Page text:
Thursday, March 01, 2012

“Words and Innocence, Lost”

c. 2012 Rod Ice
All rights reserved

Note to Readers: What follows here is a purely personal reflection. My thoughts and prayers go out to everyone at Chardon High School and their families.

Words are hard currency for a writer. Like bricks and mortar for a builder, or asphalt for those on a road crew. They are the clay from which we form useful thoughts and expressions. The paint for our canvas. The tones that comprise a melody to be sung.

But when words fail a journalist, emptiness is the result.

Such a moment arrived on Monday, February 27th, as I pondered the tragic events at Chardon High School.

My day began with an altered routine. Instead of work, I had a doctor visit scheduled in Madison. Coffee fueled a determination not to be late. Innocuous news and chatter echoed from the radio. Then, Cleveland morning host Bill Wills read a report of shots being fired in Geauga County.

Suddenly, the greater timeline was broken.

I sent a text message to my sister - the first concern being for Steven, her youngest son who is a student at CHS. And for his fellow classmates. Then, as an afterthought, I posted a status update on Facebook:

“WTAM 1100 just reported gunfire at Chardon High School. What???”

Becka offered a brief reply. A SWAT team was at the school. Everything had been locked down. She turned to WKYC-3 for live coverage. I did the same, but then left the television running as a last sip of coffee disappeared. It was time to be on the road. My doctor was waiting. Outside, it was a sunny day. That seemed unmercifully ironic.

The medical appointment proved to be a nearly pointless exercise. I was completely distracted. We discussed safety issues in school more than health concerns. Afterward, I headed directly to Chardon.

I contacted my sister again. What about Steven?

She said he was working at Hillcrest Hospital, as part of his school duties. Two of the students were brought directly there, from Chardon. Three others had been taken by life-flight to Metro in Cleveland.

Helicopters buzzed over the city. There were emergency vehicles and communications vans everywhere.

I parked a short distance from the school, and checked for updates on the Internet. The Maple Leaf had information provided in real time, through cyberspace. Everyone around me seemed to be on their phone:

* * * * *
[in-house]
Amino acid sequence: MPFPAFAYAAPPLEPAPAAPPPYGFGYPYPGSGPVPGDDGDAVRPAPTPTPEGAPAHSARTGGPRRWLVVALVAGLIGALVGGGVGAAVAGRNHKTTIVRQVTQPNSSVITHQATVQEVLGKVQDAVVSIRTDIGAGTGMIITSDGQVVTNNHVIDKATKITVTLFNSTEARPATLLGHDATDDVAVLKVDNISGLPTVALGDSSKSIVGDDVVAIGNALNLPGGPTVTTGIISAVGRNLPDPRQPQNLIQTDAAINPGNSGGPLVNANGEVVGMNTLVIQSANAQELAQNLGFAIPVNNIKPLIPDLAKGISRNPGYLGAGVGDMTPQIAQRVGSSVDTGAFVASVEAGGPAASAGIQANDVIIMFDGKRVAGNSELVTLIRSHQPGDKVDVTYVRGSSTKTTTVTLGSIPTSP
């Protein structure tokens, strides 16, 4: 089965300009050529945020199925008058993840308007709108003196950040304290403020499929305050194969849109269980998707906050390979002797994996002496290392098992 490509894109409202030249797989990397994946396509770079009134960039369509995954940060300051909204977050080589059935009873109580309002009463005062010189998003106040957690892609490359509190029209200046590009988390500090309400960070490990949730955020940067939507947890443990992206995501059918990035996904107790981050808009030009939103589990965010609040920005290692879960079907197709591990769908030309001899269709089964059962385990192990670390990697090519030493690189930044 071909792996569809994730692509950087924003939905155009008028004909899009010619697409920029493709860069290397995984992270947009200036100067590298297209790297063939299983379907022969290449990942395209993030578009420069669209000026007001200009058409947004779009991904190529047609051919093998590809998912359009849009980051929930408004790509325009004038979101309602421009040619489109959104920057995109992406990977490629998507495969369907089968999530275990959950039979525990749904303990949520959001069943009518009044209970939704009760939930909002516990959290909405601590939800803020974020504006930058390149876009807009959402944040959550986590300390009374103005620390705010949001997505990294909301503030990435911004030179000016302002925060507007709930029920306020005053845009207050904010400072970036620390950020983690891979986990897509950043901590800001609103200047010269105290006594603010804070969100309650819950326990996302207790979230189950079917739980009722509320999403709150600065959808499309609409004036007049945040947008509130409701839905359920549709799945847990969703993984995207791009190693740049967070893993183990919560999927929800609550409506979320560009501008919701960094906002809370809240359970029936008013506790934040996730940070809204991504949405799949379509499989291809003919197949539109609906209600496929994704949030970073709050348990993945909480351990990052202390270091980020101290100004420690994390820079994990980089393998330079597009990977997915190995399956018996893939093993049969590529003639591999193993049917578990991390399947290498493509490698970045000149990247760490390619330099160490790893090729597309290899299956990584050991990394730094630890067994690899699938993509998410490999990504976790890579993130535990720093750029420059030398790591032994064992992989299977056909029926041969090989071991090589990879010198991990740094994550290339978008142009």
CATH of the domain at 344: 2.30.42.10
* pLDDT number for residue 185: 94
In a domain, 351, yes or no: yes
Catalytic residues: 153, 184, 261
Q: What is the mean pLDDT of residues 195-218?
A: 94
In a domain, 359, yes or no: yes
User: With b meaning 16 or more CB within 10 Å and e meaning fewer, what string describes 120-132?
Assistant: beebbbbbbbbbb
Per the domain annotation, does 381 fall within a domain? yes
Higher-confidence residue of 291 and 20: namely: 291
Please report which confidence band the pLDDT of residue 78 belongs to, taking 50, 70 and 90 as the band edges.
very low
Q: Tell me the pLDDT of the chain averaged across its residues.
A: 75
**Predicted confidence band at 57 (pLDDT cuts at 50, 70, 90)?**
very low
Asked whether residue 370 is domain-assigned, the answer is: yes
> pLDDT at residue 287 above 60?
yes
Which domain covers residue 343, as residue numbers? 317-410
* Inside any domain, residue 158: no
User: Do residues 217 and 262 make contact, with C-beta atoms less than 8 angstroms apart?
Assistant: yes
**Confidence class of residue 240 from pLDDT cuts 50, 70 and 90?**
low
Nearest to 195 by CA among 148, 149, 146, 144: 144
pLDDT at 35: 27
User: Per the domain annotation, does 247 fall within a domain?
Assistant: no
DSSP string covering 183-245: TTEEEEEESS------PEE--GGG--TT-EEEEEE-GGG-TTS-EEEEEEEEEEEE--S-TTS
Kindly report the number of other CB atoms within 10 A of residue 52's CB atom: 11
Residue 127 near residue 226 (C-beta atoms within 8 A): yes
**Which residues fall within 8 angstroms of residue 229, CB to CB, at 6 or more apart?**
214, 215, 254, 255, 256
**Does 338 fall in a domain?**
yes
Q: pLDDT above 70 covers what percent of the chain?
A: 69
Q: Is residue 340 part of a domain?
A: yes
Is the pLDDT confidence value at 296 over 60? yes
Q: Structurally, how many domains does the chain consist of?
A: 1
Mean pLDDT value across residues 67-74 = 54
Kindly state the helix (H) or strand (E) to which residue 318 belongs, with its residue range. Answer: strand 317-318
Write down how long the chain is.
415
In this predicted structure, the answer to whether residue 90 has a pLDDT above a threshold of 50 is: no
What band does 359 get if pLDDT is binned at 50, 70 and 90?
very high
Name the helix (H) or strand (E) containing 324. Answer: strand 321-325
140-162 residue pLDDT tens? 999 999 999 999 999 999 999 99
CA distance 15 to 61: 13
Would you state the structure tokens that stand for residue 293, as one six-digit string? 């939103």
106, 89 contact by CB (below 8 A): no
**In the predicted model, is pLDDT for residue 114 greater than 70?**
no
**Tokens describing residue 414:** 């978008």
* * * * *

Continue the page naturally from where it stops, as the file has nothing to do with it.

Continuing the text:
“(I have) stayed on Facebook and Twitter via my cell phone all morning - and the news was out there, way ahead of the traditional media. This is a different world.”

Much had been written about the use of social networking during events like the Egyptian uprising centered in Tahrir Square. Or the tsunami in Japan. But witnessing this unruly data stream first hand created a surreal experience. It didn’t seem possible. Not here. Not in Chardon.

“It's different when something like this happens right at home. When the names and faces are those of your family and friends and neighbors. All of a sudden, there is no escape. Turning off the TV or radio doesn't make it go away.”

By nightfall, the Chardon Square was packed. Prayers were being offered up at the Assembly of God, and at churches all around the city.

I surrendered at last, returning home to Thompson after a long day. My eyes were growing heavy. It was time to log off for the night:

“I lived on Maple Avenue in Chardon, in bygone days. Literally within walking distance of CHS. My first wife, brothers-in-law, and all the kids in our family went to school there. This is so devastating. Tonight, I am glad for this day to end.”

I closed my eyes while remembering a passage from the Christian Bible, in the book of Numbers, chapter 6. It was one I had heard at the end of church services here at home, many, many times:

“The LORD bless you and keep you; the LORD make his face shine on you
and be gracious to you; the LORD turn his face toward you and give you peace.”

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